Technological and scientific advancements would probably been a bit of a stab in the dark to try and predict between 1957 1975 and even harder to envisage for 2001 but he had a stab at it.

The newspapers were still made of paper but they were sort of laminated and looked like one big shiny sheet, but he got the 'page curl' thing right where a tap on the sheet corner made the old page just curl away to nothing and revealed the page underneath.  No computers though.


Clothes were not much different to what he knew in his own time, just a bit more colourful and mis-matched with the addition of 'stiktite' instead of zips.  I still have no idea what stiktite is but some ladies wore nothing but stitktite on the beach and were quite 'inventive' with it, or so I'm told. My mind boggles.  Nurses wore all white and still wore those little stiff cap things.


New words made up to sound like gibberish, ie - Going to the movies = going to the grabbies to see the grabbie stars.  Taking the 'Lays' to get around town.   'Kink' was a word that almost got him his lights punched out when he said it to a woman.


He made a show of having wired telephones in homes if you could afford them which was probably far fetched in the 50's and when outside of the home people still had to use payphones on street corners.  He had to send a postal order to the patents office in 2001 as they didn't accept cheques.  He wanted to get a message to an acquaintence while in 2001 and had to send him a card in the post as the quickest way.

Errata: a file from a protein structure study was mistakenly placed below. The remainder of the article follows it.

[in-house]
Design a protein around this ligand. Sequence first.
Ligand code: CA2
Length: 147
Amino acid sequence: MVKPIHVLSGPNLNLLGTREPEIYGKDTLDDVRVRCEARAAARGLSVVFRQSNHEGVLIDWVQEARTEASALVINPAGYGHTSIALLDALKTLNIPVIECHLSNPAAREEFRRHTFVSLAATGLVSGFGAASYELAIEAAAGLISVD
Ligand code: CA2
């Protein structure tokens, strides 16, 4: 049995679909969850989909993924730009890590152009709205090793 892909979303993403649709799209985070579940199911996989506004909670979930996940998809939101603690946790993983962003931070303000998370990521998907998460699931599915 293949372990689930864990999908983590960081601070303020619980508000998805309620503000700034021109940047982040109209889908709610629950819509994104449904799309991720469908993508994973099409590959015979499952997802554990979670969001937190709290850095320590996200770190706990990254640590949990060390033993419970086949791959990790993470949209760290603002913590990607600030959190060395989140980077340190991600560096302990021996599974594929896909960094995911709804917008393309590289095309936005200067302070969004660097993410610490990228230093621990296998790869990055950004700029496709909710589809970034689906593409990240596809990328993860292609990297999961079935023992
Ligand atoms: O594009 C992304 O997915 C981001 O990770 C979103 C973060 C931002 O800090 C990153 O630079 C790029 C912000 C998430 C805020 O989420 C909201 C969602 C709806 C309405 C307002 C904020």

The common cold was eliminated and cigarettes had been made harmless and you just waved it about in the air a bit to get them lit and Dr's were smoking them in the hospital...in 2001.


Money was a hard one for him to predict I think.  He thought that a handyman would be charging an extortionate $5 an hour to repair his robot and that a hospital room would cost him about $100 a night.  Going out to dinner would cost $10


All things considered though he did okay and in the end I got an almost 5 star read to kick off my month and I managed to finish one of my very overdue library books.



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text 2020-05-03 11:55
Reading progress update: I've read 14 out of 178 pages.
The Door Into Summer - Robert A. Heinlein

Daniel Davis - "Maybe that shot in the fanny had been nothing more than B1; if so, it was jet-propelled"



If I was in any doubt that the author was American (and I wasn't), that line would have confirmed it.  No UK bloke would be so cavalier about a shot of B1 in his vagina...

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text 2020-04-29 07:47
The Door Into Summer - Robert A. Heinlein

Finally getting round to starting one of my very overdue library books.